I was very excited to receive a penguin feeding experience as a present for Christmas from my husband (as a long-suffering observer of my penguin fascination I thought that was quite brave of him!). I booked it into the diary and waited and waited…. and finally the day was here!
So last Saturday we travelled to Birdworld, just outside Farnham in Surrey, so that I could feed their Humboldt penguins 🙂
I met the keeper just by the enclosure, a round pool with rocks and shrubbery all around it, and a few hungry herons hiding in the trees above. I was given a pair of lovely blue latex gloves to wear, and presented with a large bucket of fish! Penguin feeding definitely isn’t for you if you don’t like the smell or texture of dead fish…..
Feeding the adult penguins
The talk started at 11am, and while the presenter was telling the gathered audience about the penguins, the other keeper and I were throwing fish at penguins. At this time of year there have been a lot of penguin hatchings, so there were a mixture of adult and young penguins in the enclosure. The younger penguins hadn’t yet learned how to catch fish in their beaks, so we were to feed them later. But first, fish throwing! We were standing on a platform by the pool, and a core group of hungry-looking penguins stood facing us, beaks in the air, waiting……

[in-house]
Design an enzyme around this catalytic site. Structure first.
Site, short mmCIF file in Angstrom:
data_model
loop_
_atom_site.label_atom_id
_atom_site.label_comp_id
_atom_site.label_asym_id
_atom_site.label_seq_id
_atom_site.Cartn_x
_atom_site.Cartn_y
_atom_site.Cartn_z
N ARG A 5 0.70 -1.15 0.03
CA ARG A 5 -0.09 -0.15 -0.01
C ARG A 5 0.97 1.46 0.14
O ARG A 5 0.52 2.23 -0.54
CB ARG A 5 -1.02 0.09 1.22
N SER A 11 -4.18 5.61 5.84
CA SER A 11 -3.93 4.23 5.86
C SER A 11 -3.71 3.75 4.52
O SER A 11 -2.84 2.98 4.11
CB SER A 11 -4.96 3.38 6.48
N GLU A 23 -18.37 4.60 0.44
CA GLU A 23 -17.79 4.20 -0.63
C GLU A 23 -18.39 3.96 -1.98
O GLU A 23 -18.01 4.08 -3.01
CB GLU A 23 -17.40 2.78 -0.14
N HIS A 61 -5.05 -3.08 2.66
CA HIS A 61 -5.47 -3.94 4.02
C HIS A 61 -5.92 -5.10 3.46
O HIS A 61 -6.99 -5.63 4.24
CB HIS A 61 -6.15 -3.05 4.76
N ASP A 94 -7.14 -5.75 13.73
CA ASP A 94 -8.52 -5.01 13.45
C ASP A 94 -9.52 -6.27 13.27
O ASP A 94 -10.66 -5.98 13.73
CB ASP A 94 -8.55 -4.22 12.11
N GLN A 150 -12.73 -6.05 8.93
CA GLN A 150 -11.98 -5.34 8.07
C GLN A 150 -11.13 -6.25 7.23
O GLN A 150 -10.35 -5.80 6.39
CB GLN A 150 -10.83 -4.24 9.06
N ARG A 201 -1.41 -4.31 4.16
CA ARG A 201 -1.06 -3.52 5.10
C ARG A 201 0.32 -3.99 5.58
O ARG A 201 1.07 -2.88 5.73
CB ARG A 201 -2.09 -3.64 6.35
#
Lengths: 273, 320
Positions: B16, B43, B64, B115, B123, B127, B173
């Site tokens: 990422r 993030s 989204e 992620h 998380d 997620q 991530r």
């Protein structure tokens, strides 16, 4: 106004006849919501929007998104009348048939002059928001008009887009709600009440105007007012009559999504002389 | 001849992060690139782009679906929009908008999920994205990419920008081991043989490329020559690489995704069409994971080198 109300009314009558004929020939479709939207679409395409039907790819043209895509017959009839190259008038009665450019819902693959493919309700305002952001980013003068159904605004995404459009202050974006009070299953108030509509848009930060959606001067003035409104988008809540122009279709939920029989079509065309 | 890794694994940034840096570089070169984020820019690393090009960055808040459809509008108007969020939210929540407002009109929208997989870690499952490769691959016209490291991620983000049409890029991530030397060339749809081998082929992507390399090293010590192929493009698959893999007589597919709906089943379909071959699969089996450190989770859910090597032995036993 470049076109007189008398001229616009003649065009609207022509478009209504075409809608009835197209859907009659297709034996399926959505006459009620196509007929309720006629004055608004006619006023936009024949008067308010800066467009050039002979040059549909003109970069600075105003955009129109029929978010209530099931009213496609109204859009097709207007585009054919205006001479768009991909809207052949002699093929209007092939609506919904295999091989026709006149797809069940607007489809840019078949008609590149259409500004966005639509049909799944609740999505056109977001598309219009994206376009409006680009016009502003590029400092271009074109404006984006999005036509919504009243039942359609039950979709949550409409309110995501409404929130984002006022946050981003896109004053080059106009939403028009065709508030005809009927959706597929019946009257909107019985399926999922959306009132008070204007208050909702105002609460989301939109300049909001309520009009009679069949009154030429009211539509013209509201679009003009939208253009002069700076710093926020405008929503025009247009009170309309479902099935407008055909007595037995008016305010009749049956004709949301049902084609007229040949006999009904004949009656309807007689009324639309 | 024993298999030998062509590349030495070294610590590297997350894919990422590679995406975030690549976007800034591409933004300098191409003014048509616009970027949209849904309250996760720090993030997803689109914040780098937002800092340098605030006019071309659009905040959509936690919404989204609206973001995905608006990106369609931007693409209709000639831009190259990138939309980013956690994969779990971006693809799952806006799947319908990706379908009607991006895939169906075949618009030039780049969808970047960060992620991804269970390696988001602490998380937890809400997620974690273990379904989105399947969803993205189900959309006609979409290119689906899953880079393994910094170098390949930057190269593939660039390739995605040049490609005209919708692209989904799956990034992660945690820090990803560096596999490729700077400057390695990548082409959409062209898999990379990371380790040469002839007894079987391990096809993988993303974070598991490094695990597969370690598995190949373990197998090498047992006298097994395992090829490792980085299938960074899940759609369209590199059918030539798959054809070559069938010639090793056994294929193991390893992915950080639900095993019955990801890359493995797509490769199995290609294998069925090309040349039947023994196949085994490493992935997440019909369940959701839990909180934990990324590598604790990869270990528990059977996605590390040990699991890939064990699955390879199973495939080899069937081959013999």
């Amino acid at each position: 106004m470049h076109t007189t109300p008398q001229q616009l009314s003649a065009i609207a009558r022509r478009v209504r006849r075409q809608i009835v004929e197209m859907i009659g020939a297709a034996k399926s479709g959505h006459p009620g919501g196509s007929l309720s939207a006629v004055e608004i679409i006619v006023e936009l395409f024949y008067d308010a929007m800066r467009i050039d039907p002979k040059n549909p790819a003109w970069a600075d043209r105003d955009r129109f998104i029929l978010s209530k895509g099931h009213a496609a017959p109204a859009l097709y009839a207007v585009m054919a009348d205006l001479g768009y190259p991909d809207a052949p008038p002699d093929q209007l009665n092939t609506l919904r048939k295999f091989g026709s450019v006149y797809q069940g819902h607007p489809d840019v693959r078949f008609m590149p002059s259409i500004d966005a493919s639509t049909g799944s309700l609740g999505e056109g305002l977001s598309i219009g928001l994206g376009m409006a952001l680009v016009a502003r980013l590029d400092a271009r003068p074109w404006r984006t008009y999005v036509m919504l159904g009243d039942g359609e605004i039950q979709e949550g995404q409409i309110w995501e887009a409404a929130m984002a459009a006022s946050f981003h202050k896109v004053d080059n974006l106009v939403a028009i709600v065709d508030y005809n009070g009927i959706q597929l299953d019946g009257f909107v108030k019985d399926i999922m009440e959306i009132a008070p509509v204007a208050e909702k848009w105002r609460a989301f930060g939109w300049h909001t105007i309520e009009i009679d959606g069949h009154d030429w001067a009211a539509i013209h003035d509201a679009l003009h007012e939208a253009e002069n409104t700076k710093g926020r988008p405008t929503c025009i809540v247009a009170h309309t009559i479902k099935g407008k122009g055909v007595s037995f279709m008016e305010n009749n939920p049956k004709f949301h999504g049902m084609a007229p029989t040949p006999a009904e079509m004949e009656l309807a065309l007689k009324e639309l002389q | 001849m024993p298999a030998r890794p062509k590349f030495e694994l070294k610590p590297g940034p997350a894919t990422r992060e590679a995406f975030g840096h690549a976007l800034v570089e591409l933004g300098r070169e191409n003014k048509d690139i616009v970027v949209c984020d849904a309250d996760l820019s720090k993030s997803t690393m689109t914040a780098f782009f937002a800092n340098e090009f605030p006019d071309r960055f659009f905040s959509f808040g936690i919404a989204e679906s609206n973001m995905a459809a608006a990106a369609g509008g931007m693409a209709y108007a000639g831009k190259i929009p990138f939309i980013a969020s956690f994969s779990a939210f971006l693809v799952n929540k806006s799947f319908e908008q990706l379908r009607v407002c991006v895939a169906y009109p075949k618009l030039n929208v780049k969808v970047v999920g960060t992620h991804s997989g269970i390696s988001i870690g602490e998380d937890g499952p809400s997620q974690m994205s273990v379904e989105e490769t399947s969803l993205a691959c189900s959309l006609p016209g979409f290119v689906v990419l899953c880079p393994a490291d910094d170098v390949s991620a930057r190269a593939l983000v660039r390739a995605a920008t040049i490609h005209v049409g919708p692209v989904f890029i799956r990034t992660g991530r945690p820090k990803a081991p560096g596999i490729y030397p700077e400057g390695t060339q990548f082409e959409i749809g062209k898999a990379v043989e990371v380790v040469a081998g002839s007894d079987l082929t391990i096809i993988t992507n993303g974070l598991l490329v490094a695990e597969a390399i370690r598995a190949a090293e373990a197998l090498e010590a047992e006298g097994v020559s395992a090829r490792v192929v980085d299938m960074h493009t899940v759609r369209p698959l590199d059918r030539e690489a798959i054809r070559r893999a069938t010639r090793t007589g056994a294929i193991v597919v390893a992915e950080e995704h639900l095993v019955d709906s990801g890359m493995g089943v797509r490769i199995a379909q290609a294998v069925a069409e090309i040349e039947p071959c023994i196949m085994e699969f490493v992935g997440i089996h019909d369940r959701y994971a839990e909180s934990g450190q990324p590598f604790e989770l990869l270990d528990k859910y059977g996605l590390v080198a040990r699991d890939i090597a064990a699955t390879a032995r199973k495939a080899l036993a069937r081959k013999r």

I found it fascinating watching them as they jostled each other to catch the fish, some appearing from nowhere like the woman catching the bouquet in that Smirnoff advert. Occasionally two penguins would catch the same fish and would stand there for a second before one took ownership. And some penguins opted for the swimming and eating option, staying right underneath us as if to catch any fish we accidentally dropped in the water!
Feeding the young penguins
When the talk had finished, we were allowed to go around to the back of the enclosure (me and my cameraman aka husband!) to see the penguins up close. Armed with the bucket of fish, we then fed the young penguins, who all crowded round the keeper and I. The young penguins don’t have the sharp beaks that the older ones do, but it was still a bit disconcerting seeing all those beaks waiting for fish. We had to feed them by hand as they can’t catch fish, so we dangled fish above their beaks and waited for them to take them. Some were slower to take them than others, and it took me a while to work out where to hold the fish to make sure one of their fellow penguins didn’t get in there first.
I enjoyed being surrounded by penguins, even if I did get trodden on a few times, with beaks nudging me from all sides! I was allowed to stroke the young penguins, which were much softer and less wet and slimy than I had expected. All in all, a fabulous experience, and one I do plan to repeat in future. Birdworld have two colonies of penguins – the others are African penguins, so I would be interested to see how they behave compared with the lively and cheeky Humboldts!
For more information on Birdworld’s penguin feeding experience, click here: http://www.birdworld.co.uk/penguin-feeding-experience.html